• Location: Boston, Mass.
  • Currently Listening to:
    Shostakovich, Frescobaldi, Stravinsky, JS Bach, Liszt, Chopin, Haydn, Henning
Re: Schoenberg's Sheen
« Reply #512 on: December 12, 2017, 10:15:42 AM »
Whatever negative things one can say about Levine's character, he did show an admirable commitment to American music.  I first encountered Elliott Carter under his baton.

And, even while he honored Ozawa's long-term "new-music monogamy" with John Harbison, Levine brought us Carter and Wuorinen, too, as observed.
Karl Henning, Ph.D.
Composer & Clarinetist
Boston MA
http://www.karlhenning.com/
[Matisse] was interested neither in fending off opposition,
nor in competing for the favor of wayward friends.
His only competition was with himself. — Françoise Gilot

kishnevi

  • Guest
Re: Schoenberg's Sheen
« Reply #513 on: December 12, 2017, 06:12:39 PM »
Not both pieces of such scale (and the conductor is now in deserved disgrace) but . . . Jas Levine did indeed lead the BSO in a concert which featured the première of both Jn Harbison’s Darkbloom Overture and Chas Wuorinen’s Fourth Piano Concerto (or was it the Eighth Symphony? . . .)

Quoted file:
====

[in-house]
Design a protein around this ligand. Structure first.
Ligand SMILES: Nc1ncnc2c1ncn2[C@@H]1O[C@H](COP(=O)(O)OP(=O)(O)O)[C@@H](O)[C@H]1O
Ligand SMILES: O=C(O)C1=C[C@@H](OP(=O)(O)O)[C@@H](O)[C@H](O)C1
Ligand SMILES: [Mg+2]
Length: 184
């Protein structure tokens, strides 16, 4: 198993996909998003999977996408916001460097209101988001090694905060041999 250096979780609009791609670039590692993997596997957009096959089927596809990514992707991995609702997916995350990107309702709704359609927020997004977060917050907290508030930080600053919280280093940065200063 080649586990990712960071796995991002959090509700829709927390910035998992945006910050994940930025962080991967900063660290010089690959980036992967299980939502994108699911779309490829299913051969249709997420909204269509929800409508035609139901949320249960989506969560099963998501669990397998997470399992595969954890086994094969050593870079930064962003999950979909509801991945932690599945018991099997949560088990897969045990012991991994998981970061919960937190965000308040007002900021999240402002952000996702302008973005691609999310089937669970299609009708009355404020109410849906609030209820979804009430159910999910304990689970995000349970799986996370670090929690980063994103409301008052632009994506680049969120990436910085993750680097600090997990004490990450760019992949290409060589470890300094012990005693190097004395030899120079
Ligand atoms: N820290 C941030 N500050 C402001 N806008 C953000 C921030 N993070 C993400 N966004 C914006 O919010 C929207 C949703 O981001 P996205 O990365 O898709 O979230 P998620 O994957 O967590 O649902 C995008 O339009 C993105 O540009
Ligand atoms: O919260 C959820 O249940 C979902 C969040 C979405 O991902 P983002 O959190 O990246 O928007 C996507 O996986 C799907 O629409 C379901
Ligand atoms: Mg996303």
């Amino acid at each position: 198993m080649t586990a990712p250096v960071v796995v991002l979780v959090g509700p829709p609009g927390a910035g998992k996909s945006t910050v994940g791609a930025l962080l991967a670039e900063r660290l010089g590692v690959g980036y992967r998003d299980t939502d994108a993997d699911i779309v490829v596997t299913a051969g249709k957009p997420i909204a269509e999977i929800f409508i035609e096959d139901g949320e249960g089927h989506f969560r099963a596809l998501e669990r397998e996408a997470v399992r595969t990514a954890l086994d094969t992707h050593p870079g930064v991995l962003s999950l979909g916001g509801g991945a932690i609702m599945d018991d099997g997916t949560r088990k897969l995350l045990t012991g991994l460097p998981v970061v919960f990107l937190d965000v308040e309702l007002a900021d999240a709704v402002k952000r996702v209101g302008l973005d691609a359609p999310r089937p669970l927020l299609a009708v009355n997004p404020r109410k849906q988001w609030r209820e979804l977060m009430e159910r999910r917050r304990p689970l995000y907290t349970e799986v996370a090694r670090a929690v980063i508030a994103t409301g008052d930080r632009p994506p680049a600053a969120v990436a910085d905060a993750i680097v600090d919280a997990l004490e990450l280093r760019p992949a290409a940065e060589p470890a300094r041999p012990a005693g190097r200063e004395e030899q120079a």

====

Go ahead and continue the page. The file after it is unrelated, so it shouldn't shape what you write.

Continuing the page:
Actually, both the concerto and the symphony. You do have this one, don't you?



ETA
Ah, I read that too hastily. The BSO did premiere both, but I have no idea which one might have been paired with the Harbison
« Last Edit: December 12, 2017, 06:15:21 PM by Jeffrey Smith »

Offline Mahlerian

  • Veteran member
  • *
  • Posts: 2966
Re: Schoenberg's Sheen
« Reply #514 on: February 25, 2018, 10:21:35 AM »
I was wondering, if one of the big label conglomerates were to produce a complete Schoenberg edition (unlikely, but perhaps for the 150th birthday coming up in a few years), how many discs would it fill?  The answer as far as I can tell (excluding most fragments) is 31.

Did I miss anything that Schoenberg wrote or arranged himself?

Schoenberg Complete Set (31 discs)

Arrangements of Other Composers' Works (4 discs):
1   - Mahler: Das Lied von der Erde
2   - Mahler: Lieder eines fahrenden Gesellen, Reger: Romantic Suite, J. Strauss: Waltzes
3   - Bach: Chorale Preludes, Prelude and Fugue in E-flat, Brahms: Piano Quintet in G minor
4   - Cello Concerto after Monn, String Quartet Concerto after Handel